- Edgar Gonzalez (Labor): His first job in politics was in his native Chicago, Illinois as a field representative for then-Senator Barack Obama's office. After establishing his political campaign bonafides during the 2008 presidential campaign, Edgar was appointed to the White House and the Office of Personnel Management during the President's first term. After four years in the Administration, Edgar took a short hiatus to go work for a non-profit on progressive public policy messaging and then became a founding member of a grassroots advocacy-consulting firm that engaged on key progressive priorities. This year Edgar the Obama Administration asked Edgar to return as Special Assistant for Public Engagement to Secretary Thomas Perez for the Department of Labor where he develops develops and implements stakeholder engagement strategies on high-visibility initiatives such as Obamacare, raising the minimum wage, and comprehensive immigration reform.
- Elias Alcantara (White House): After starting out as an intern int he Obama White House, Elias has risen to become Associate Director of Intergovernmental Affairs where he liaises with local officials across the country. Originally from the Bronx, Elias lived in Chile for two years before serving as U.S. Fellow for the Organization of American States.
- Emily Benavides (GOP): At 29 years old, she is already one of the Republican Party's top Latina communications operatives. Emily rose from working as a congressional staffer to being handpicked by Mitt Romney as his National Hispanic Press Secretary during the 2012 presidential election. After the election, the Spanish Embassy to the United States chose Emily to meet with the Crown Prince of Spain in Madrid as an ambassador for the U.S. Hispanic community. Emily is currently working as Communications Director for Governor Rick Snyder's re-election campaign. In her extremely limited free time, Emily volunteers as one of the founders of RightNow Women PAC which raises funds for center-right women to run for federal office.
- Dr. Erica Jacquez (HUD): In 2011, President Obama appointed Erica to serve as his administration's liaison between the Department of Housing, Congress, and local public nationwide. Her outstanding work identified her as an obvious selection for the president's inaugural Leadership Workshop. She also serves the administration as the co-chair the Latino Kitchen Cabinet for the White House. As if this wasn't enough to make her the busiest Latina in US housing policy, this Harvard Latina found time to train for triathlons and earn her Doctorate in Policy, Planning, and Development from the University of Southern California in her hometown of Los Angeles where she began her political career as a community organizer.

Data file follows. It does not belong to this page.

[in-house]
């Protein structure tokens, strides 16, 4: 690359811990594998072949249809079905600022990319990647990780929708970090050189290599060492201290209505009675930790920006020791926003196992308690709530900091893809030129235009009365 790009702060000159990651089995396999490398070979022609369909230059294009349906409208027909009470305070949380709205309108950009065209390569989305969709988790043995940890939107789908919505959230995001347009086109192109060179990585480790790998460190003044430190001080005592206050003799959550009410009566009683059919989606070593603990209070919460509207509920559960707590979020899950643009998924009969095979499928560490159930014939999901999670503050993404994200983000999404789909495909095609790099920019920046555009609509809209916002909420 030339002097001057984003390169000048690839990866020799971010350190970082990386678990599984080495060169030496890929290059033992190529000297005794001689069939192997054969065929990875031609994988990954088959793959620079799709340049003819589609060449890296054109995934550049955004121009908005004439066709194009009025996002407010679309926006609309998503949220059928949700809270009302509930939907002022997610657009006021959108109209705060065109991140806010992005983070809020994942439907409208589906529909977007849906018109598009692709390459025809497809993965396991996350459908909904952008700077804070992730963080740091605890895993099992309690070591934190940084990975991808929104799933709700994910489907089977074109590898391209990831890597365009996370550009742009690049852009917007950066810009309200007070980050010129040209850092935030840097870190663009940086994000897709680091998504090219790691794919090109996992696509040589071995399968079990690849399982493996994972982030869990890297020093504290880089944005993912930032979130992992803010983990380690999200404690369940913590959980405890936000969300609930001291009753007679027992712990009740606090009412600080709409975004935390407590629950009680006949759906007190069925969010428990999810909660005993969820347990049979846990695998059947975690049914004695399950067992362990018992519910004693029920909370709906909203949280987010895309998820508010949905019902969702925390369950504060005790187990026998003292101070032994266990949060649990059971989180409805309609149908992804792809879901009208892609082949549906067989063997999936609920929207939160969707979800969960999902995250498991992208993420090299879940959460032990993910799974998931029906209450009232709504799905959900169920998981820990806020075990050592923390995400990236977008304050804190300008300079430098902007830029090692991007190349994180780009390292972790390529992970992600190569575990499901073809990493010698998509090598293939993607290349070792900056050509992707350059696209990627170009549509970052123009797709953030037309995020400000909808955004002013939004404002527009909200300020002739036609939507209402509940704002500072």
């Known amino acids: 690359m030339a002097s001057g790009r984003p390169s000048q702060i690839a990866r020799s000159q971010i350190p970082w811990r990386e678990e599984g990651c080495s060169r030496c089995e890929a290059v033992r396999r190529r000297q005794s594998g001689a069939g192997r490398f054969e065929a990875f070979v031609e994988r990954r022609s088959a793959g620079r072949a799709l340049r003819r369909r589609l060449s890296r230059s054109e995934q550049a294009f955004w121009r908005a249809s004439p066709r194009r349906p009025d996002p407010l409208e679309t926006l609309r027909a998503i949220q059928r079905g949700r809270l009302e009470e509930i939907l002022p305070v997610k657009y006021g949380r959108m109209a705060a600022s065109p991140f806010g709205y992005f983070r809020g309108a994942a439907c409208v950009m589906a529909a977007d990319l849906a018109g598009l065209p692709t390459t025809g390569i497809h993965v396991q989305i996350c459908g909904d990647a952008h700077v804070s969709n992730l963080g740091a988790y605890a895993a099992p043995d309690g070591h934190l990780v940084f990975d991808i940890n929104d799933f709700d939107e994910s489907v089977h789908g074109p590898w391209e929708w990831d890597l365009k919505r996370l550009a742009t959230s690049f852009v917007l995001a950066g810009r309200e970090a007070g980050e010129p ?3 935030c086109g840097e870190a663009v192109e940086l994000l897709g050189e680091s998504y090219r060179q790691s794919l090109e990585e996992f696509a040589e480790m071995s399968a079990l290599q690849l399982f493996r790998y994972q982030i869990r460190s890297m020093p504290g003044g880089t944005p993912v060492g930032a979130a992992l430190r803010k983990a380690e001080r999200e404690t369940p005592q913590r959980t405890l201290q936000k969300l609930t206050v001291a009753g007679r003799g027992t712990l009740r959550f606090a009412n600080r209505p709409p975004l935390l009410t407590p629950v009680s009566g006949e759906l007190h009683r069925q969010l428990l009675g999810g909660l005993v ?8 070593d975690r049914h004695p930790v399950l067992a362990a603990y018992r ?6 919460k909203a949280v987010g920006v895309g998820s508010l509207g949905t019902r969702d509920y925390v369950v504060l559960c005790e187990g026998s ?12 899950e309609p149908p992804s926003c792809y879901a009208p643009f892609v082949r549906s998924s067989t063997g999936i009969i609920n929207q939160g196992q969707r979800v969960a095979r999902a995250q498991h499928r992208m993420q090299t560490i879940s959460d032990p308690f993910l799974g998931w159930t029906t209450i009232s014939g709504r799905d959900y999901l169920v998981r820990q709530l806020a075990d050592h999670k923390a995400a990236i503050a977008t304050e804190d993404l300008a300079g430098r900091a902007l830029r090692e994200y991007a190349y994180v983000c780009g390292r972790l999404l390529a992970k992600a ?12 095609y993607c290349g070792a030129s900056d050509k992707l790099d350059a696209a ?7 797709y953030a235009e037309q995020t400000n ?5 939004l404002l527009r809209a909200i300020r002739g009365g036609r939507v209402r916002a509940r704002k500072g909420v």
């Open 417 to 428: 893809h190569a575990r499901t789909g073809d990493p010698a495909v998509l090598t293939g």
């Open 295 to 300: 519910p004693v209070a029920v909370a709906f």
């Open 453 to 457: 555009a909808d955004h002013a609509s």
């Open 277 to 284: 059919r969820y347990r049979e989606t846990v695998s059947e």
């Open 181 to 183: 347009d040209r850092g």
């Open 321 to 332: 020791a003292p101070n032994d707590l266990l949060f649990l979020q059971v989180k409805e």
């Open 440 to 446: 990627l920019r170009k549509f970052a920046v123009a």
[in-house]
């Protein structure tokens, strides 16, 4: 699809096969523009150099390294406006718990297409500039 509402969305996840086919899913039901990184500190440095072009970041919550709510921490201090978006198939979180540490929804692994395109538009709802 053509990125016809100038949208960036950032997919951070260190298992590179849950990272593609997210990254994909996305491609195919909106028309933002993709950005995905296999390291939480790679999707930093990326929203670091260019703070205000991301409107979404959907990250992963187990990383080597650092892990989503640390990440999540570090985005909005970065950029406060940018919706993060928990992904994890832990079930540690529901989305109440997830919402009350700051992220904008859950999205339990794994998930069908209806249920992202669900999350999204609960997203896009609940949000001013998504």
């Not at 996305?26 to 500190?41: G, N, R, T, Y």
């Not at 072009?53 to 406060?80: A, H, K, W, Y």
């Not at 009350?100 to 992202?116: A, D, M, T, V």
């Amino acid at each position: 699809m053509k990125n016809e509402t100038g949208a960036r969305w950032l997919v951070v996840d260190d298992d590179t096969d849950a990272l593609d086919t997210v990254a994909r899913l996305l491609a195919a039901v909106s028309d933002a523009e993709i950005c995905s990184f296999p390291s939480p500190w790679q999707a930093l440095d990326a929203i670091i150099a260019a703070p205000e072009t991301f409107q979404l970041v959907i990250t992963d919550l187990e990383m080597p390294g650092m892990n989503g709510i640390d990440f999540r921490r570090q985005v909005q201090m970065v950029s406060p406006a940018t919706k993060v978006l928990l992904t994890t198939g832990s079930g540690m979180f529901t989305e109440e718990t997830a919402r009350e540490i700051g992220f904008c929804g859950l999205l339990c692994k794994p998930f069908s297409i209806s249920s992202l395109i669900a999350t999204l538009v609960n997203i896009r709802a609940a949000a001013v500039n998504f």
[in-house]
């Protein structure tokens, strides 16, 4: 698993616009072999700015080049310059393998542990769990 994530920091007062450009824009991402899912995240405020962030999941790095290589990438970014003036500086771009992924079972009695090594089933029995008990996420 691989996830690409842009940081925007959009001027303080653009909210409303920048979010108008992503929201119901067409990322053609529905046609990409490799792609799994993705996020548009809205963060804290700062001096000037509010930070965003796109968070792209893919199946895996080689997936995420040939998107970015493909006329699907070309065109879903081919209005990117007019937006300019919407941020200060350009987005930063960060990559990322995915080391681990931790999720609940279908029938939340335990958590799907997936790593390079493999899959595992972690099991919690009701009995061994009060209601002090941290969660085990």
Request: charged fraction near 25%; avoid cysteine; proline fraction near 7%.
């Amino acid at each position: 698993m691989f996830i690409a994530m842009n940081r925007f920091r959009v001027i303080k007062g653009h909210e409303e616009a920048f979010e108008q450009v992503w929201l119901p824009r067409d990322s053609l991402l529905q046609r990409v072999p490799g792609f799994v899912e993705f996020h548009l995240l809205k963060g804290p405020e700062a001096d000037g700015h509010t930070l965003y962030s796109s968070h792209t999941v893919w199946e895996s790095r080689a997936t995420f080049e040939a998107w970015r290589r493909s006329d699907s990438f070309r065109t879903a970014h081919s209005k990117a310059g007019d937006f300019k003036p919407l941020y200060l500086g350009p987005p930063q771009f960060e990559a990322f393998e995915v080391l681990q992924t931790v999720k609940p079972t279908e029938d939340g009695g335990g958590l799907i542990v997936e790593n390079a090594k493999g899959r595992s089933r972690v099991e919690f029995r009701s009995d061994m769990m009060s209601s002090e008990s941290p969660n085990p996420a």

- Felicia Escobar (White House): She began her career as a State Policy Analyst for NCLR in Texas. After advising Senator Salazar's legislative team on immigration reform, the White House tapped Felicia as Special Assistant to the President for Immigration Policy. Her job is to coordinate efforts across the administration to strengthen the current immigration system as well as the White House's efforts to drive pro-immigrant policy reform.
- George Gonzalez (HUD): After cutting his teeth in local government, political campaigning, and most-recently as Deputy Press Secretary at Department of Housing and Urban Development, he is an ideal media operative for Julián Castro -- the Democratic Party's brightest Latino star. He speaks housing, economic development, urbanism, and sustainability in two languages. Originally from Mexico City, his unique skill set recently allowed him operate seamlessly as part of the U.S. Delegation to the United Nation's World Urban Forum in Medellin, Columbia.
- Giancarlo Tello (DREAMer): Originally from Peru, Giancarlo's tireless advocacy led to the passage of a law that allowed New Jersey's undocumented to pay in-state tuition at state universities. Having navigated countless hurdles created by our broken immigration system to graduate from community college and Rutgers University-Newark, Giancarlo knows first-hand the obstacles to opportunity undocumented students face. His tireless advocacy as part of the Tuition Equity for Dreamers Coalition earned Giancarlo high-praise and much respect from the immigrant advocacy community where he is known nationwide as the best undocumented organizer in the state of New Jersey.